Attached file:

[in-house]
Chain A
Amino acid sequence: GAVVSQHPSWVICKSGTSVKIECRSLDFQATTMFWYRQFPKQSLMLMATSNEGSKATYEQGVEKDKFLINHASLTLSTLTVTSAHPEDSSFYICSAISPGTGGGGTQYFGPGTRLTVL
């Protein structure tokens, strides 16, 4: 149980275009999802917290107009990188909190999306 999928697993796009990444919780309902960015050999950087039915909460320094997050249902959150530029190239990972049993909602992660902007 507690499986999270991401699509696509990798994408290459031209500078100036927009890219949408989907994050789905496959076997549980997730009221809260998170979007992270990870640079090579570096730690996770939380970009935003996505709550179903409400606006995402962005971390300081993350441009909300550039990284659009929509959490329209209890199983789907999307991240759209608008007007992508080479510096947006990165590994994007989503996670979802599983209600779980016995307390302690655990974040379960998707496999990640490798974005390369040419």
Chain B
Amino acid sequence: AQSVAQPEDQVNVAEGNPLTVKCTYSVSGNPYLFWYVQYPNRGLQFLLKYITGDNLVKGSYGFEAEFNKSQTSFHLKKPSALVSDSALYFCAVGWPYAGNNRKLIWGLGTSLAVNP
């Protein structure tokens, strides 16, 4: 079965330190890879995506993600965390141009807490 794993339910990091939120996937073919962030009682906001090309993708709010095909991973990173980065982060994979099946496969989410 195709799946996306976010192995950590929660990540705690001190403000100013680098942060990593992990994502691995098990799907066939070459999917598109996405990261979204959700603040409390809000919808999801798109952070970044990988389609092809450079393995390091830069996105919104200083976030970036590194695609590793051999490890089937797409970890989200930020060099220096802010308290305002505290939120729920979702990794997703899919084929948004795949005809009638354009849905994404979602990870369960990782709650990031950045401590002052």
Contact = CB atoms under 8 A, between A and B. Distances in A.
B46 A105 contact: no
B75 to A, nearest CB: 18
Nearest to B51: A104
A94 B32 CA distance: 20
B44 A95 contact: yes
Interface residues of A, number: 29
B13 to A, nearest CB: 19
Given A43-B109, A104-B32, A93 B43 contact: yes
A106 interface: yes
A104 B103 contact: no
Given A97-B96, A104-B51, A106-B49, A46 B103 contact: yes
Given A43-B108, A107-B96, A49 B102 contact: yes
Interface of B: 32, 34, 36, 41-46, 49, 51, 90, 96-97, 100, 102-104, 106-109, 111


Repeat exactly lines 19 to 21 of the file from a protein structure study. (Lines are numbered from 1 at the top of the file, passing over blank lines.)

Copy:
Given A97-B96, A104-B51, A106-B49, A46 B103 contact: yes
Given A43-B108, A107-B96, A49 B102 contact: yes
Interface of B: 32, 34, 36, 41-46, 49, 51, 90, 96-97, 100, 102-104, 106-109, 111